> > >> > > > wrote:
> > >> > > >
> > >> > > > > Gwen and Ismael,
> > >> > > > >
> > >> > > > > I agree the configuration option is probably the way
to go,
> but
> > I
> > >> was
> > >> > > > > wondering whether there would be cases where it made
sense to
> > let
> > >> the
> > >> > > > > consumer dynamically set max messages to adjust for
downstream
> > >> > > slowness.
> > >> > > > > For example, if the consumer is writing consumed records
to
> > >> another
> > >> > > > > database, and that database is experiencing heavier
than
> > expected
> > >> > load,
> > >> > > > > then the consumer could halve its current max messages
in
> order
> > to
> > >> > > adapt
> > >> > > > > without risking rebalance hell. It could then increase
max
> > >> messages
> > >> > as
> > >> > > > the
> > >> > > > > load on the database decreases. It's basically an easier
way
> to
> > >> > handle
> > >> > > > flow
> > >> > > > > control than we provide with pause/resume.
> > >> > > > >
> > >> > > > > -Jason
> > >> > > > >
> > >> > > > > On Mon, Jan 4, 2016 at 9:46 AM, Gwen Shapira <
> gwen@confluent.io
> > >
> > >> > > wrote:
> > >> > > > >
> > >> > > > > > The wiki you pointed to is no longer maintained
and fell out
> > of
> > >> > sync
> > >> > > > with
> > >> > > > > > the code and protocol.
> > >> > > > > >
> > >> > > > > > You may want  to refer to:
> > >> > > > > >
> > >> > > > > >
> > >> > > > >
> > >> > > >
> > >> > >
> > >> >
> > >>
> >
> https://cwiki.apache.org/confluence/display/KAFKA/A+Guide+To+The+Kafka+Protocol
> > >> > > > > >
> > >> > > > > > On Mon, Jan 4, 2016 at 4:38 AM, Jens Rantil <
> > >> jens.rantil@tink.se>
> > >> > > > wrote:
> > >> > > > > >
> > >> > > > > > > Hi guys,
> > >> > > > > > >
> > >> > > > > > > I realized I never thanked yall for your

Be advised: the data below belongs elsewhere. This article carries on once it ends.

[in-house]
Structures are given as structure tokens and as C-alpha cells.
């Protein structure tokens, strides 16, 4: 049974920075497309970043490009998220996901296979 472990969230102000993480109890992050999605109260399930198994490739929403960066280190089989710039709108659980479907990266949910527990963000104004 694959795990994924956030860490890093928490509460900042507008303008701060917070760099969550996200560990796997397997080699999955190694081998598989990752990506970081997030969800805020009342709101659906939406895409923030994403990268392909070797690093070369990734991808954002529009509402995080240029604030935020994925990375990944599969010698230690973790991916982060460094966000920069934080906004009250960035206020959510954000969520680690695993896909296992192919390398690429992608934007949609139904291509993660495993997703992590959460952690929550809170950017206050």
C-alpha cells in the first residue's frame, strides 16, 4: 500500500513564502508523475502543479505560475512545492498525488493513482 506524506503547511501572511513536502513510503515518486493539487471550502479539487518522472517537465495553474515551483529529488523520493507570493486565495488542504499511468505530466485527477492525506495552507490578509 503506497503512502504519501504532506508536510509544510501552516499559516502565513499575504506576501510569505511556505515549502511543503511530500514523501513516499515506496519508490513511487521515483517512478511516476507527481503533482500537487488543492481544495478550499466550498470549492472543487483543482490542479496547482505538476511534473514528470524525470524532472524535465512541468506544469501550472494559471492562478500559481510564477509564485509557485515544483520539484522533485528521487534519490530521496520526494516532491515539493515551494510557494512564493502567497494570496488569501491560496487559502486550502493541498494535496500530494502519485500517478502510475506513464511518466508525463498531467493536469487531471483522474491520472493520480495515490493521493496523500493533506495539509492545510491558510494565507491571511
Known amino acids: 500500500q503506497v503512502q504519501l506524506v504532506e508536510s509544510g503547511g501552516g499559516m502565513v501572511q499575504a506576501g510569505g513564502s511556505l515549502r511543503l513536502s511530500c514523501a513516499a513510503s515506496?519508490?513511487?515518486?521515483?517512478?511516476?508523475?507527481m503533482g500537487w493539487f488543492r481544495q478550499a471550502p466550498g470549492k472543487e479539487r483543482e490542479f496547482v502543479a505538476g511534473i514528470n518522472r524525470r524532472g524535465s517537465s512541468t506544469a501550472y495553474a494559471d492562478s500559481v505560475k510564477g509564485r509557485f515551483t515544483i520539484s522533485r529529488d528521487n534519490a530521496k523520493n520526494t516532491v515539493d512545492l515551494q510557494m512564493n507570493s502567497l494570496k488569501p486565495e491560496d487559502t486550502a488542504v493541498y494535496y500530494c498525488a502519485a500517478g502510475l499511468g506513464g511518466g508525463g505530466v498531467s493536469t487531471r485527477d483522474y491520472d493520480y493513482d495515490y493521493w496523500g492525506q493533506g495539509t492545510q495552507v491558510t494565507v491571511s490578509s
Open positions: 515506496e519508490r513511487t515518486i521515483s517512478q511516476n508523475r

input - thanks!
> > >> > > > > > > Jason: I apologize for assuming your stance
on the issue!
> > >> Feels
> > >> > > like
> > >> > > > we
> > >> > > > > > all
> > >> > > > > > > agreed on the solution. +1
> > >> > > > > > >
> > >> > > > > > > Follow-up: Jason made a point about defining
prefetch and
> > >> > fairness
> > >> > > > > > > behaviour in the KIP. I am now working on
putting that
> down
> > in
> > >> > > > writing.
> > >> > > > > > To
> > >> > > > > > > do be able to do this I think I need to understand
the
> > current
> > >> > > > prefetch
> > >> > > > > > > behaviour in the new consumer API (0.9) a
bit better. Some
> > >> > specific
> > >> > > > > > > questions:
> > >> > > > > > >
> > >> > > > > > >    - How does a specific consumer balance
incoming
> messages
> > >> from
> > >> > > > > multiple
> > >> > > > > > >    partitions? Is the consumer simply issuing
Multi-Fetch
> > >> > > requests[1]
> > >> > > > > for
> > >> > > > > > > the
> > >> > > > > > >    consumed assigned partitions of the relevant
topics? Or
> > is
> > >> the
> > >> > > > > > consumer
> > >> > > > > > >    fetching from one partition at a time
and balancing
> > between
> > >> > them
> > >> > > > > > >    internally? That is, is the responsibility
of partition
> > >> > > balancing
> > >> > > > > (and
> > >> > > > > > >    fairness) on the broker side or consumer
side?
> > >> > > > > > >    - Is the above documented somewhere?
> > >> > > > > > >